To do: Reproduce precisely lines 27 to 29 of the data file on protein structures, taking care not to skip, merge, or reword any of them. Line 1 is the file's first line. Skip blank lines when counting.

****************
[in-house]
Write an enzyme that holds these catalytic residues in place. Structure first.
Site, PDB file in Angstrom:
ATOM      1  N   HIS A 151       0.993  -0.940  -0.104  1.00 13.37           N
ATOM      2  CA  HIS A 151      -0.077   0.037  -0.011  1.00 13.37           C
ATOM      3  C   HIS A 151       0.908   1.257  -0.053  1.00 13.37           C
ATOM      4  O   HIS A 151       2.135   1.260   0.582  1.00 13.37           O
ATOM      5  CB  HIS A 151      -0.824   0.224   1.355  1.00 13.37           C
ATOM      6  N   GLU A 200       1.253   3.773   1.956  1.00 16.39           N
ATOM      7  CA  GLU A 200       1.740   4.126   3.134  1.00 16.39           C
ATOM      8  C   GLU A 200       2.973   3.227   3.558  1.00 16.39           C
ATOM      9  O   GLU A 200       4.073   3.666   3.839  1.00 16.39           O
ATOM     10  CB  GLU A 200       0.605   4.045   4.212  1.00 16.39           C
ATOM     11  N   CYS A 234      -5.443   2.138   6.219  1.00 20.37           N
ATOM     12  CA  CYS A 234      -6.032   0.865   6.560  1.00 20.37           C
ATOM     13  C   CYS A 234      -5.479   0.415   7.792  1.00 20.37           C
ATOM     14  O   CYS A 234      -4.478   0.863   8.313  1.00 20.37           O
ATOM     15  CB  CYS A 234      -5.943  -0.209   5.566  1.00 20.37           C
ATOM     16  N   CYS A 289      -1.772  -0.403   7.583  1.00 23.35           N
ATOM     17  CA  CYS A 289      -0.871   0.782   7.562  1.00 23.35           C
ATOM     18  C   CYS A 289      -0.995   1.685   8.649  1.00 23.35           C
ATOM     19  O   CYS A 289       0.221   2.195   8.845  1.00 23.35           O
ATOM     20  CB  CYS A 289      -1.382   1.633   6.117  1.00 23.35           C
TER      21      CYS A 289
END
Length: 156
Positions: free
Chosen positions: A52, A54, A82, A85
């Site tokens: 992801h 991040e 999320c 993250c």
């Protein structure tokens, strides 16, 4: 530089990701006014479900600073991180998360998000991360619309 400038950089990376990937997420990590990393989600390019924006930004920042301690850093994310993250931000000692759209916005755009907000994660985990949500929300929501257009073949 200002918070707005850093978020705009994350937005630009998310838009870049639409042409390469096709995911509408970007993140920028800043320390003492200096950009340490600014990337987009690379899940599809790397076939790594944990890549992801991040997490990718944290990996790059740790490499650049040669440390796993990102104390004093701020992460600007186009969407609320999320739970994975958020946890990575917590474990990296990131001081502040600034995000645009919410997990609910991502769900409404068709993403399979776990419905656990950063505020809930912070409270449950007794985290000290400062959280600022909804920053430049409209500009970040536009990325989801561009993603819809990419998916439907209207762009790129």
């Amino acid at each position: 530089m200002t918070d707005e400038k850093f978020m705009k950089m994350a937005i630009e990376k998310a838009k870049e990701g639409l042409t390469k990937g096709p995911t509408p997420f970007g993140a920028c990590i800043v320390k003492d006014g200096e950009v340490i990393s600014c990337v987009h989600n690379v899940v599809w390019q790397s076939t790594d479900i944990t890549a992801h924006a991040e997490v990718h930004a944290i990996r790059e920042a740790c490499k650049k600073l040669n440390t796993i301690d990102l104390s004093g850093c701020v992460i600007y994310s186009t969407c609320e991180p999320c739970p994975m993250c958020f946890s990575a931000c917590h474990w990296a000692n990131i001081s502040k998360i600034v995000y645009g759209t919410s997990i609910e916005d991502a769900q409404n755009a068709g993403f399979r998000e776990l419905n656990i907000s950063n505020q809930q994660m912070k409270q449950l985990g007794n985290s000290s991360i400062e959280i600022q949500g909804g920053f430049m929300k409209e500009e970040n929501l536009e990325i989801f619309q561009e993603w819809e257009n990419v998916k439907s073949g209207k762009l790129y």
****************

Positions: free
Chosen positions: A52, A54, A82, A85
């Site tokens: 992801h 991040e 999320c 993250c």